On her arrival at the lair, Ellie discovers that her friend, and other members of a witches’ coven have performed a sinister ritual on the cliffs above the subterranean cavern, a ceremony designed to break the magic laid upon the dragons and awake them. 

 In horror Ellie hears how the ceremony went terribly wrong. The earth cracked wide, one of the girls slipped into the chasm and was impaled upon two shimmering crystals. With a sound like thunder, the mountain split open and from inside it arose a terrifying white dragon, alive, awake and very angry …

Q.

Yes, I see how each paragraph is a scene with some paragraphs acting as exposition too, but I can also see that because you have chosen to have Ellie as the narrator again, you have been unable or chosen not to have her see the witches’ ceremony first hand. Why was that?

A.

OK, those are very perceptive questions, and I can’t answer them fully until we have established a few basics. Can I just go back to basics for a minute?

Q.

Sure. Go ahead.

A.

Right before we dive into the content and the problems of point of view and the delivery of ‘off stage’ scenes, I’d like to show you how I answered some fundamental narrative questions when planning Here be Witches. They involve looking at:

What exactly is a narrative?

What exactly is a plot?

What exactly is structure?

 Q.

Why do you need to ask that?

 A.

It really helps with the planning. Here’s why…

In a narrative you need at least three things:

A character, a setting, some events (so in Here be Witches that breakdown runs like this: Ellie lives in Snowdonia and must overcome problems to achieve her goal).

In a plot we need at least three things

A character, a goal, a problem (so Ellie’s goal is to be with her true love Henry, but the magic, which has gone wrong, has banished Henry forever from the world).

For a structure we at least need three things

A beginning, middle, and an end (therefore Ellie must discover why Henry has been banished and then set out to find a way to reverse the magic and restore Henry to her and finally overcome those who wish to stop her).

Once you’ve got that in place then you can then decide about narration and point of view and ask yourself, if your lead character/protagonist is really the best person to tell this story and the one most affected by the action in general. If the answer is yes – you can then use additional devices to ‘show’ key ‘off stage’ scenes that are not within the remit of the protagonist’s point of view.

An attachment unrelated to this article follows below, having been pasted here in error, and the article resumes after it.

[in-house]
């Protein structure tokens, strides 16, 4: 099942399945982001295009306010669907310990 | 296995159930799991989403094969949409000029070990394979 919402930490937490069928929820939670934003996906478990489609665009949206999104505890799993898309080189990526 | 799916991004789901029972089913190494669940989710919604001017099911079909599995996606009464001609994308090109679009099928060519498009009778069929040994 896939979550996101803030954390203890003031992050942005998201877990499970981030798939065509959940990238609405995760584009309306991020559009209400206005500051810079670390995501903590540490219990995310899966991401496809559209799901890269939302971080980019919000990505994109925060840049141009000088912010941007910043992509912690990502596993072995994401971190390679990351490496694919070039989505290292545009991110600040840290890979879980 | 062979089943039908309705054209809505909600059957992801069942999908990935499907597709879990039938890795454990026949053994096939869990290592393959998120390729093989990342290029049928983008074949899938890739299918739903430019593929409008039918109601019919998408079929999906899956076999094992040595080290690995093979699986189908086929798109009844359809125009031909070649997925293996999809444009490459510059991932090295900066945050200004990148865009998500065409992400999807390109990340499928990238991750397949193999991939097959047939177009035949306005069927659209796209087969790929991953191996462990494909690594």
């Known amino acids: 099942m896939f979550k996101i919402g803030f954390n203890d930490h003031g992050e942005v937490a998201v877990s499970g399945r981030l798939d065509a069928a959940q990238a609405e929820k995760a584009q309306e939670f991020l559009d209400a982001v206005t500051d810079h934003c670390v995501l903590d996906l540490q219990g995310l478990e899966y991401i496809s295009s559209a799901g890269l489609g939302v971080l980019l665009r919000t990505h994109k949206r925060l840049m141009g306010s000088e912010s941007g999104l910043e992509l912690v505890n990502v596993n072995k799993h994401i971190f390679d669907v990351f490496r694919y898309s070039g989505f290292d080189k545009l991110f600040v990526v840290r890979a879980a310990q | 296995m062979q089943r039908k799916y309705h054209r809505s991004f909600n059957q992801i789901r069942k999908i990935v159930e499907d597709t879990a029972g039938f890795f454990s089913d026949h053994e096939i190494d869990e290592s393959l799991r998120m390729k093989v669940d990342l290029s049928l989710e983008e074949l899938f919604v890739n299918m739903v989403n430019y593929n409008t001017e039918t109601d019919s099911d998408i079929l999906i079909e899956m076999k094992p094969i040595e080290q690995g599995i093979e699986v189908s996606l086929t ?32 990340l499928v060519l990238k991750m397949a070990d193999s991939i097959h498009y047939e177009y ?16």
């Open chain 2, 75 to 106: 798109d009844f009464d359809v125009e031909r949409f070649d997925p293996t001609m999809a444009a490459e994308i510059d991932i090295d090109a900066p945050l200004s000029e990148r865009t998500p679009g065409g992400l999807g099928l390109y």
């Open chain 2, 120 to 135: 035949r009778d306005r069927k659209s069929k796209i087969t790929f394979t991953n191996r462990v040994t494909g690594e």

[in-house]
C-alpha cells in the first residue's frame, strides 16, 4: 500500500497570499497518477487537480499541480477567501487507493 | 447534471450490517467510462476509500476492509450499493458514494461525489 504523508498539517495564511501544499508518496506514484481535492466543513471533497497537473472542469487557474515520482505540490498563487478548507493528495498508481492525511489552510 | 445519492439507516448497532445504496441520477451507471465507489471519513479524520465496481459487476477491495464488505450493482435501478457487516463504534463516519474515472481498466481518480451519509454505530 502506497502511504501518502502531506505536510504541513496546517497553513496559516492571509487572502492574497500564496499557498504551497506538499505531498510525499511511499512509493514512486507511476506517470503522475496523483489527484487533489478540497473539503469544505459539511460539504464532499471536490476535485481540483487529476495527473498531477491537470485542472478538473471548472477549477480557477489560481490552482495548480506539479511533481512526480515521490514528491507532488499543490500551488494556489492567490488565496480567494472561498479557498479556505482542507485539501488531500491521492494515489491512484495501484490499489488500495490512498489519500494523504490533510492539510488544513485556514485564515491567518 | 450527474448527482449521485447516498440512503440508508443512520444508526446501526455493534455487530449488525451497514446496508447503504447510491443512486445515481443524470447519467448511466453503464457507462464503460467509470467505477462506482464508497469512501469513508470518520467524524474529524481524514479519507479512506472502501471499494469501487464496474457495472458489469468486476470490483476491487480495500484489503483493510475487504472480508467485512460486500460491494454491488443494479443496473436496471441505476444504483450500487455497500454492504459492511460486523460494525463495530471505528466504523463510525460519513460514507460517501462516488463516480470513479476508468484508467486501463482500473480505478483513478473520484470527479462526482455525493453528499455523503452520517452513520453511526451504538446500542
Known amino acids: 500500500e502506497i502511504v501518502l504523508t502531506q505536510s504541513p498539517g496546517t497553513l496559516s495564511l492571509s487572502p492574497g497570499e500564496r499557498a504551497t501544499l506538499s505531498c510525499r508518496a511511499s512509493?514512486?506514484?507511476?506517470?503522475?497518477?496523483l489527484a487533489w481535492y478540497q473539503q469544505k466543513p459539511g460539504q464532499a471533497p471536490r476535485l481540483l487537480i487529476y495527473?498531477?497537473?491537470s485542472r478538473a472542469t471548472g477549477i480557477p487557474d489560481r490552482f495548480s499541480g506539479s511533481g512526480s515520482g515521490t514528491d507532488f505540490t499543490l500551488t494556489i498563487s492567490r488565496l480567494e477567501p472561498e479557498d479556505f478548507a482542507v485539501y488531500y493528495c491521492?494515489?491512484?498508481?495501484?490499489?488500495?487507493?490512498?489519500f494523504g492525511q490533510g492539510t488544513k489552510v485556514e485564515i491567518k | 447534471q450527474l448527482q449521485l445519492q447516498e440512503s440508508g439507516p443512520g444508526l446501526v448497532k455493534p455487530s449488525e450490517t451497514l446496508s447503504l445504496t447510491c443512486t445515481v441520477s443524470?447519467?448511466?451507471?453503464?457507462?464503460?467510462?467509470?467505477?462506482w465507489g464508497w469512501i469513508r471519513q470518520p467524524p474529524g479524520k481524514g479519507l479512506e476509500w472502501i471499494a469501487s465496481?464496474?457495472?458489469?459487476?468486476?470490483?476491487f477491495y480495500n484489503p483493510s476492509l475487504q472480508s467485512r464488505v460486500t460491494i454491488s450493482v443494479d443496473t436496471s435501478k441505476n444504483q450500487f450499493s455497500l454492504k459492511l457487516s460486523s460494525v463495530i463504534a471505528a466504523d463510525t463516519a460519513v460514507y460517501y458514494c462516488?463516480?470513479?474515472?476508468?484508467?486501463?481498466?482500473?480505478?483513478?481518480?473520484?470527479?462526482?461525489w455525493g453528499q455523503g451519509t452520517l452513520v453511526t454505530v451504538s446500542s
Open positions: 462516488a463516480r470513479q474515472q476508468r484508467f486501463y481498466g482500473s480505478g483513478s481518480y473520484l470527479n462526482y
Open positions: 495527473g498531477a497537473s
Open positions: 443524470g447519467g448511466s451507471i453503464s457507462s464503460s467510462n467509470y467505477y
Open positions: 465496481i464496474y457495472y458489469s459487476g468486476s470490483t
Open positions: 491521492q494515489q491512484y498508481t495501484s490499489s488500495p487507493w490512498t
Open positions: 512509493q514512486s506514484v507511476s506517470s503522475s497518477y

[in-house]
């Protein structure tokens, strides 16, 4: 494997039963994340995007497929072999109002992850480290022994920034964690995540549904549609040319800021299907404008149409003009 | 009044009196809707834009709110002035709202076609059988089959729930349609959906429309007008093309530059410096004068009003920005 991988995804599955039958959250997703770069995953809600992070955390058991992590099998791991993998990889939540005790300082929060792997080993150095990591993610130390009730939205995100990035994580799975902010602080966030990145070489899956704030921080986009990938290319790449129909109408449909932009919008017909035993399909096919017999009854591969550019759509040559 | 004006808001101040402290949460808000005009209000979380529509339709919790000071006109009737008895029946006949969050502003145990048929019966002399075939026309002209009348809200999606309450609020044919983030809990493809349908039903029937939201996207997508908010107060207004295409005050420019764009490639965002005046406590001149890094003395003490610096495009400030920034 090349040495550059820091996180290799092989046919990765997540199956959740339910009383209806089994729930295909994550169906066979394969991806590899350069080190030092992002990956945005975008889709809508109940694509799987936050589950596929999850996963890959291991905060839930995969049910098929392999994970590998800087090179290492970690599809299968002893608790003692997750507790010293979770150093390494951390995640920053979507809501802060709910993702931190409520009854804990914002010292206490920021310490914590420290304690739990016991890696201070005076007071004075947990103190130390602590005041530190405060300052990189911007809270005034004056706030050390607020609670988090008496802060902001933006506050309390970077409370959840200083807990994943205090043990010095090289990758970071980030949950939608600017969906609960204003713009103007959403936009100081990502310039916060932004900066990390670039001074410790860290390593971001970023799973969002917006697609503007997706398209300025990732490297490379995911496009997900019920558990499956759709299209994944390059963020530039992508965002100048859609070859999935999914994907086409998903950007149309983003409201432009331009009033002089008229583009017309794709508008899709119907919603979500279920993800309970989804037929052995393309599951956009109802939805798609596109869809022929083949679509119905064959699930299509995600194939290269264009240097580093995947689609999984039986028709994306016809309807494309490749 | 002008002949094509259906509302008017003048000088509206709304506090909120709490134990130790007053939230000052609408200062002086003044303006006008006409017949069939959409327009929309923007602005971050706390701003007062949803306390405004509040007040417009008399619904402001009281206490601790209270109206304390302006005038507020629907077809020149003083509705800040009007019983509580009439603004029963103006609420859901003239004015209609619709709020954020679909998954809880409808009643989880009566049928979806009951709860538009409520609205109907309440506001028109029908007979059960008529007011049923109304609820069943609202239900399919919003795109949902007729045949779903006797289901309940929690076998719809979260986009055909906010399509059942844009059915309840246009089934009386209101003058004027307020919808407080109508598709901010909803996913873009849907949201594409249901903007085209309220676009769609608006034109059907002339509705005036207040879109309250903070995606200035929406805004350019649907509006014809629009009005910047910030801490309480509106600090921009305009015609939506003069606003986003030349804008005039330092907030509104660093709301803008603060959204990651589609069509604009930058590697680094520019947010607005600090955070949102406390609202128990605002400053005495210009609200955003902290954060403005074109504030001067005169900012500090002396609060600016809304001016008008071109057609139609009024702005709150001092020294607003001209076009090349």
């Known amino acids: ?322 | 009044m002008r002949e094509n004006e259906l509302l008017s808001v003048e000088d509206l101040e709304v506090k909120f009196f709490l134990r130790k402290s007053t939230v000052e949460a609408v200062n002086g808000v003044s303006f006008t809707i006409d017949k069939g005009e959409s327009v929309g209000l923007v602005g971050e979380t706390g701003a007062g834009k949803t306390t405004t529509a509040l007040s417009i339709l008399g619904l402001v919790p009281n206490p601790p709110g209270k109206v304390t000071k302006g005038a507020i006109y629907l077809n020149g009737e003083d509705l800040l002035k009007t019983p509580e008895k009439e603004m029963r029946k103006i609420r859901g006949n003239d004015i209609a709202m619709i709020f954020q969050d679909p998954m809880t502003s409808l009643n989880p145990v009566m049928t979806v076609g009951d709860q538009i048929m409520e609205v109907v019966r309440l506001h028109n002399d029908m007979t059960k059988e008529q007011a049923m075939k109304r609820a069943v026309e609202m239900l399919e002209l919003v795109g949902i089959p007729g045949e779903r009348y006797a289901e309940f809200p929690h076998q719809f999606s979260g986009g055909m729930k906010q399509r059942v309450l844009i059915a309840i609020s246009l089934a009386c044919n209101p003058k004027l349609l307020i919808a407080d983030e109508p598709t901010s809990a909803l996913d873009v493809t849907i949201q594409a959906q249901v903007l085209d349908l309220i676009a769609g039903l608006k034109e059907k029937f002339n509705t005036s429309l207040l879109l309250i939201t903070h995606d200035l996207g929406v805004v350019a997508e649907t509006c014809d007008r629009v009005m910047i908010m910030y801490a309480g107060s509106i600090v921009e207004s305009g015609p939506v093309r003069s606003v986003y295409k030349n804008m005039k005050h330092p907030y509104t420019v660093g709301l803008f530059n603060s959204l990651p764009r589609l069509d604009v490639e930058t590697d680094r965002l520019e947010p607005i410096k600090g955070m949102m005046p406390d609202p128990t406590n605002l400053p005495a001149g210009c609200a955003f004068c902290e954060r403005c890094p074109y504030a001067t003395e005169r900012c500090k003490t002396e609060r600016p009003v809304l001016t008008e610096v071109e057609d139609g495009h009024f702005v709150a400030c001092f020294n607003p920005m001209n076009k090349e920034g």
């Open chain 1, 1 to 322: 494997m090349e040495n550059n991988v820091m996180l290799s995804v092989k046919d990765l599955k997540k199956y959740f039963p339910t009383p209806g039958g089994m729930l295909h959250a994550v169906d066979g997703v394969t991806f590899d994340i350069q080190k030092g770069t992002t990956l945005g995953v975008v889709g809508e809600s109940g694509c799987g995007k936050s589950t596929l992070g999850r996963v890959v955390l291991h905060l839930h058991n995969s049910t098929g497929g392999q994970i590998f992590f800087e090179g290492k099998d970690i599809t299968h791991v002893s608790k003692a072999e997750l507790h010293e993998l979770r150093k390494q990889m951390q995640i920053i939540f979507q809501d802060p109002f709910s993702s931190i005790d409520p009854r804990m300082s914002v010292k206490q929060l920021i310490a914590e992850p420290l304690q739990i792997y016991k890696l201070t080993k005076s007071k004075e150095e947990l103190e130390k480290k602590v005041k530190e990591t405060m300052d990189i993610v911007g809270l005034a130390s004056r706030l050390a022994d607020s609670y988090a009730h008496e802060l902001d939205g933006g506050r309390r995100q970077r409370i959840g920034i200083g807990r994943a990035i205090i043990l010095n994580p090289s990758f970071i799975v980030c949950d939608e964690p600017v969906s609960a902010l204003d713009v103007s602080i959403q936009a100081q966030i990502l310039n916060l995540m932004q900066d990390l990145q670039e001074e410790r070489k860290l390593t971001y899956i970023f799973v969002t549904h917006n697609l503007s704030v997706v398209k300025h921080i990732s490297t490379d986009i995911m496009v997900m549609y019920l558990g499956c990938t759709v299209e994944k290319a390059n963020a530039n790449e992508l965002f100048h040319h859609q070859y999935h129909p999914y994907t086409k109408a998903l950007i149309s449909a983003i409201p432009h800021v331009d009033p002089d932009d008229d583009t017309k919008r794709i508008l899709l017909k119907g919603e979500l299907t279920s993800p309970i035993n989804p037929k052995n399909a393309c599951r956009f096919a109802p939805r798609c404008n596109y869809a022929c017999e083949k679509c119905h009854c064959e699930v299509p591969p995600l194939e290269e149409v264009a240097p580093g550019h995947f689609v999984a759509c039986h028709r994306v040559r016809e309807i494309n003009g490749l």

Only then can you really start to climb the narrative mountain and plan out a totally thrilling story:

Q.

OK, but how did you decide Ellie WAS the best character to narrate this story?

 A.

Well despite the fact that she was the narrator in book one Here be Dragons and there might be readers who are already invested in her story, I had to establish that she was still the best character to continue to tell the story and to do this I had to revisit an important  principle – that it’s not what happens in a story, so much as who it happens to that is the most important aspect.  Readers live the story through the characters, so they need a really nice/reliable (usually)/interesting and convincing companion to see/live the events through.

Q.

But what makes an interesting, convincing character?

 A.

Good question! Here’s the way I decide:

Firstly a character needs characteristics

A main character should be heroic, and strong (perhaps)? Good-looking (controversial?) Independent? Kind?  I try to think of characters I admire in fiction I’ve read and ask myself why do I like them? Then add my answers into the mix when creating my characters.

I also like to choose a flaw that my protagonist will need to overcome. Flaws make us human and help readers to identify with the character and understand the decisions they make. (My flaw for Ellie is that she is loving out of her element, and it is bringing harm down on those others who love her and on her home.)

Secondly, a character drives the plot forward

So a goal is important, as this is the engine of the story. I always choose the person who has the strongest/most interesting/most identifiable with goal to narrate my stories (forbidden love is a V strong goal and has driven many a better narrative than mine!). The character’s desire to achieve their goal drives the action forward, and when the character meets conflict they struggle to overcome it.

Note to self pinned on my wall: PROTAGONISTS MUST CONFRONT OVERWHELMING CONFLICT IN THEIR PURSUIT OF SOME VISIBLE GOAL.

This is so key because then the plot structure simply follows the sequence of events that lead the hero toward their goal, which mean all the hard work of plotting is done for me!

Thirdly, a character with a goal has motivation

Motivations make the character keep going when things get tough. Though sometimes it is the fear of what will happen if they fail and the stakes that drive them forward.

Finally, a character needs a background

Name/age and looks/ family/a place to live – all these things can help to make the story just right for the reader – as I choose a protagonist that might be very like the reader in some of these aspects to create reader identification.